Paddling Against the Stream

You can regard a novel in terms of rhythms that are created in the ever changing interplay between character and plot. That’s because these elements create different tides in a novel. Present events in a plot push a story into its future, the part we don’t know. Yet a background story is designed to fill out character, and it exerts a pull in the opposite direction. That’s because the events have already occurred. For this discussion I'll leave out a back story in a mystery that reveals all in the end.

If you think in terms of story rhythm, background stories create retrograde motion—because they push the book into the past. Depending on how much strong pacing plays a role in your novel, you need to be careful about where such pieces are placed. A back story placed right in the middle of a dramatic sequence, for instance, means you are pitting two story elements against each other—and the result usually is reader impatience to get on with the action.

Getting up a good head of steam in the present will make the reader more receptive to pursuing the byways of the past. For that reason, background pieces often function best when following a strong action scene, which creates strong forward momentum. The background then falls in the lee of the wind, so to speak, when the reader wants to take a breather anyway. Thinking of this technique in musical terms is helpful, since any composer knows that a crescendo rises out of silence.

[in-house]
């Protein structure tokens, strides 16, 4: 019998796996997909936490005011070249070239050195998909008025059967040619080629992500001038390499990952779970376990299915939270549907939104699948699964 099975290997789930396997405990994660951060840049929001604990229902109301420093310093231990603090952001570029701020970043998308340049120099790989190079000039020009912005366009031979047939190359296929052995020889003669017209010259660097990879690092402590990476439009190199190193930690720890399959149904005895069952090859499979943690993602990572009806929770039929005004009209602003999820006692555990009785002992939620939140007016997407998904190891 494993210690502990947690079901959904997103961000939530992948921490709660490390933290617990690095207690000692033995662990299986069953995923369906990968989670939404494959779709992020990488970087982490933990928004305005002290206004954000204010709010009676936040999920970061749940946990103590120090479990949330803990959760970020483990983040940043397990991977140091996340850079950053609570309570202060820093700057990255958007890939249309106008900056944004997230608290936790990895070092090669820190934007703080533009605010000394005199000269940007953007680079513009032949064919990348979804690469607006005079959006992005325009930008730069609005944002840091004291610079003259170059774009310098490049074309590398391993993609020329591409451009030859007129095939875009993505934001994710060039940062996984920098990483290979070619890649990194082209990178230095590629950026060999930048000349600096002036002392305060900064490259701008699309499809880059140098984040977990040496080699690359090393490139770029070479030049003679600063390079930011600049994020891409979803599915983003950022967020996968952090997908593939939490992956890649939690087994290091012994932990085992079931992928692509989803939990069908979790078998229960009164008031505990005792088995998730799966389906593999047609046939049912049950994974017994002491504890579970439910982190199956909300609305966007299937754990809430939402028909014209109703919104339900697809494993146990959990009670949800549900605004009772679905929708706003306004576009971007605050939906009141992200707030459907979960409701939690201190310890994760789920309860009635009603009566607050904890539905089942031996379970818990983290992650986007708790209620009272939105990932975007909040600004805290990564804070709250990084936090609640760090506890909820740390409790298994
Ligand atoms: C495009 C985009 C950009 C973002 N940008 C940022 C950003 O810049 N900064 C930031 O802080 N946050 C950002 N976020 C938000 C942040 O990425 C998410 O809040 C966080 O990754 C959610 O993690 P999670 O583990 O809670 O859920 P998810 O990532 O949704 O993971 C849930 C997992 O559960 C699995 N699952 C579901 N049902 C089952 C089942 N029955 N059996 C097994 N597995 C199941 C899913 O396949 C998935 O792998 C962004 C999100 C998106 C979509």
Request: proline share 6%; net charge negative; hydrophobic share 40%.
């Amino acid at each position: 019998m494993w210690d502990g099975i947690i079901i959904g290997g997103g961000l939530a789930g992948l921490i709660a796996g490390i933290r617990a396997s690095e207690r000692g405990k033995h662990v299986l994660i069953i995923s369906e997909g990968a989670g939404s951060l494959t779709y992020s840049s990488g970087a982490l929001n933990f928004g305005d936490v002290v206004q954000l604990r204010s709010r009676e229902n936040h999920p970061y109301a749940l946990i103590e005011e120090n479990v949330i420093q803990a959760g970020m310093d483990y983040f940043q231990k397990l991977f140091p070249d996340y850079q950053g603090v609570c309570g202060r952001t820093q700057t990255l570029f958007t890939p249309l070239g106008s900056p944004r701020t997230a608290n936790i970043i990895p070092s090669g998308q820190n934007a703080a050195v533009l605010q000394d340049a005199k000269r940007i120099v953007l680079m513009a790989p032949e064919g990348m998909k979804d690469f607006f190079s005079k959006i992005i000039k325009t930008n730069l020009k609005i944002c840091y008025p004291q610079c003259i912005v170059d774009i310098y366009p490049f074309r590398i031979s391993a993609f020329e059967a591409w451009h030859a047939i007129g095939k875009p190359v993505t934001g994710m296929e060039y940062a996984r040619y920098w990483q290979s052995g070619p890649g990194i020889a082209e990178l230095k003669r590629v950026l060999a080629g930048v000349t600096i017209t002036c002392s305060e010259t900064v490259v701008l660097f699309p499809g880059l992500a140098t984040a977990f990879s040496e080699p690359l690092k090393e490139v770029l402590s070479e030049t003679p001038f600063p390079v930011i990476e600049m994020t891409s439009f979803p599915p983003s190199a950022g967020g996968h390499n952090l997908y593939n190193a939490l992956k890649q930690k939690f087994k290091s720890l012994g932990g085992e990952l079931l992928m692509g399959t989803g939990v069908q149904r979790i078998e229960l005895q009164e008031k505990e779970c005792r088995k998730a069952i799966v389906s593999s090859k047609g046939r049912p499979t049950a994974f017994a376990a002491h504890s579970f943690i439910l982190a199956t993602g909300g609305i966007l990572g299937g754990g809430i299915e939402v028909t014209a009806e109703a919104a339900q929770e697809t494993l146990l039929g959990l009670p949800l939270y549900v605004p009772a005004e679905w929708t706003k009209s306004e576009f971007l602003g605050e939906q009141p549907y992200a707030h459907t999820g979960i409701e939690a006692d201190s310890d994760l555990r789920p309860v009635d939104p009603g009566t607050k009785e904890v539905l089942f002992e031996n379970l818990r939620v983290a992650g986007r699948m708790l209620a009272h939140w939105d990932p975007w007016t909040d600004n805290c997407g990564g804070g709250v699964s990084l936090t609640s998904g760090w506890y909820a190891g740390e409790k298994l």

When judged according to rhythm, you can make better decisions as well about how long a background piece should be in any given case. If the piece is a paragraph long, say 5-7 lines, that can fit in all but the most energized sequences. If you double that length, say to a half page, now you have to be more careful. That sort of piece probably will function best early in the chapter following a strong forward push in the plot. And what about pieces that are longer—a page or two or even a chapter? You most likely need to have provided a truly disturbing story twist, one that leaves the reader shaken. So you let the reader relax, slip into your alternate current, take them on a new ride. When the back story is over, they're ready for more propulsion.

Exercise: Look through your draft merely for background pieces. Place each in a chart that lists: which character it describes, what page(s) it’s on, how long it is (in lines, if you like), and a brief synopsis of what in the past the story covers. Now look at what immediately precedes the background piece. Has the reader been pushed forward by the ongoing plot? How strong is that push? The stronger it is, the longer the back story you can insert.

“We are inclined to believe those whom we do not know because they have never deceived us.”
—Samuel Johnson

 Copyright @ 2020 John Paine. All rights reserved.

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Copyright © 2020 John Paine. All rights reserved.